North Oriental Mindoro Marine Ecosystems Join the Fight Against Carbon Emissions

Good for the planet | Good for people

Marine Protected Areas (MPAS) such as North Oriental Mindoro MPA in the Philippines play multiple roles in ecosystem conservation and economic upliftment. By protecting coastal and marine habitats including mangroves and seagrasses, MPAs enable sustainable fishing and ecotourism, and protect vulnerable communities against extreme climate events though mitigating the effects of climate change. In addition to limiting the impact of storms and rising sea levels, these barrier ecosystems capture and store atmospheric carbon by acting as “blue carbon sinks”.

Although vital, these marine ecosystems are almost universally threatened. In the Philippines, the once extensive mangrove forests have experienced a very significant decline, from an estimated 400,000-500,000 hectares in 1920 to just 120,000 hectares in 1994. This decline in coverage is largely due to exploitation by growing human populations.

We have partnered with local governments and communities in North Oriental Mindoro since 2020 as part of our MPA initiative. Projects include a collaboration with the Uba Sustainability Institute to regenerate and conserve mangroves in the Verde Island Passage area, and a mud crab aquaculture programme that combines mangrove conservation with income generation.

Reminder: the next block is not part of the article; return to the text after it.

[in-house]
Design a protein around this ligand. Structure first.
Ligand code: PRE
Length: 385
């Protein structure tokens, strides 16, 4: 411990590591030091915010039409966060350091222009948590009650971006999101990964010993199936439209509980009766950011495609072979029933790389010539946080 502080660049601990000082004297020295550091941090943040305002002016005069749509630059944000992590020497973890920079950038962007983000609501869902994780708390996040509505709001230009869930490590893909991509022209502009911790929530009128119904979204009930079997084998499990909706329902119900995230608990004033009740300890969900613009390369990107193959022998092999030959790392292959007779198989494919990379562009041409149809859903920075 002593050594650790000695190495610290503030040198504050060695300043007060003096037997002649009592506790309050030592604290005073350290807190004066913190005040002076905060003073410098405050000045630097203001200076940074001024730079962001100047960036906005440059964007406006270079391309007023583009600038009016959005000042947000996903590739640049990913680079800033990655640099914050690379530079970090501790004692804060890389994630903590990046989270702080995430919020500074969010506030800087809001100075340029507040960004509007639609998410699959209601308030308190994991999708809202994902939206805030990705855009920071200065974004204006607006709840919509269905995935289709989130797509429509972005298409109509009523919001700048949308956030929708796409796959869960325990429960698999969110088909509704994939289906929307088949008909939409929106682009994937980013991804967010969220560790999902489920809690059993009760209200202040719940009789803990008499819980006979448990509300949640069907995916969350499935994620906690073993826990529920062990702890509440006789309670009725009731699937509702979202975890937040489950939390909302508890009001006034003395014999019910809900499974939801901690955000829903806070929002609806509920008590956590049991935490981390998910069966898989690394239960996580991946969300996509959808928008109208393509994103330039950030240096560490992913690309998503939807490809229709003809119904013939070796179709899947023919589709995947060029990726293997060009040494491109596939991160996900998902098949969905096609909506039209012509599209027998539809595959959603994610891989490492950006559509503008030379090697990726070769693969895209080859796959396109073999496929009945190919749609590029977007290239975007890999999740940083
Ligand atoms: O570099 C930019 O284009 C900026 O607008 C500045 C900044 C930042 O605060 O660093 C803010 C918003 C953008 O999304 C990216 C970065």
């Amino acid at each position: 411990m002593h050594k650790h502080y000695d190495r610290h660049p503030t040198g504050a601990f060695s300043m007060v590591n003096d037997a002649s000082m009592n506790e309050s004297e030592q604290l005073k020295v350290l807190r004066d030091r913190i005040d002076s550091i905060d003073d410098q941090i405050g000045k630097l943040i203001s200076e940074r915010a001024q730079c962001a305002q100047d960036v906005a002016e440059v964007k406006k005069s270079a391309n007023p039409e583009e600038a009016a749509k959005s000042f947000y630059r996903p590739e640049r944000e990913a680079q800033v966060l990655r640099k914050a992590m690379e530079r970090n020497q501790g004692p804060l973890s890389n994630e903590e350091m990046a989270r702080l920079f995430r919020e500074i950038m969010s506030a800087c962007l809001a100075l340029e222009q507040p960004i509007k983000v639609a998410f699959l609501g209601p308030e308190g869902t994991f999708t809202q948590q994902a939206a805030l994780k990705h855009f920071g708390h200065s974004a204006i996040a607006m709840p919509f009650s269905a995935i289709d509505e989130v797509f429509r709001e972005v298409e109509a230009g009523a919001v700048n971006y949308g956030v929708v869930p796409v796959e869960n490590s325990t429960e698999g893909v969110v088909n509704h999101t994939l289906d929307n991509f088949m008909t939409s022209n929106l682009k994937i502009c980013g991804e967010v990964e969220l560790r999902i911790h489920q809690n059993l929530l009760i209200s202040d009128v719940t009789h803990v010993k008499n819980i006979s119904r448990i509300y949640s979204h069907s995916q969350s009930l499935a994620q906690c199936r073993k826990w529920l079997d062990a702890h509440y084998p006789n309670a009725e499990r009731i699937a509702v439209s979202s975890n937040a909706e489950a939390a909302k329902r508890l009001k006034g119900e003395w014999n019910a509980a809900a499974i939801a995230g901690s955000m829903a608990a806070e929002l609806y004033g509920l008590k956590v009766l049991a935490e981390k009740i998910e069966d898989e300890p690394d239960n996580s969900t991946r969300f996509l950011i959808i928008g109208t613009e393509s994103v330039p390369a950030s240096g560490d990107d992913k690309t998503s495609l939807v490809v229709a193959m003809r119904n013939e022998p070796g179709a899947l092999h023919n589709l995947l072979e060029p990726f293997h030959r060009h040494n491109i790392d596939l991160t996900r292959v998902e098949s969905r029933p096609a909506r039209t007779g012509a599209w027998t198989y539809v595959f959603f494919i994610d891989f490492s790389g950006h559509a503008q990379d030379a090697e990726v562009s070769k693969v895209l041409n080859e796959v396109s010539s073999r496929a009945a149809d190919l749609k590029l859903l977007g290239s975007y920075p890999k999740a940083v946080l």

Blue Carbon Credits in Marine Protected Areas​_Philippines
Blue Carbon Credits in Marine Protected Areas​_Philippines

We believe that an opportunity exists to replant mangroves in and around community fishponds, and to prevent further depletion of original mangrove habitats. Working with an international carbon credit expert company, our goal is to issue blue carbon credits for certification or sale to corporations looking to improve their environmental footprint.

Revenues are reinvested directly back into each Marine Protected Area contributing to their effective management and financial sustainability.

The success of this blue carbon credits scheme will be measured against four key performance indicators: restoration and conservation of mangrove ecosystems, livelihood enhancement, equity improvement, and the creation of new jobs – each of which is aligned with one of the UNDP’s Sustainable Development Goals.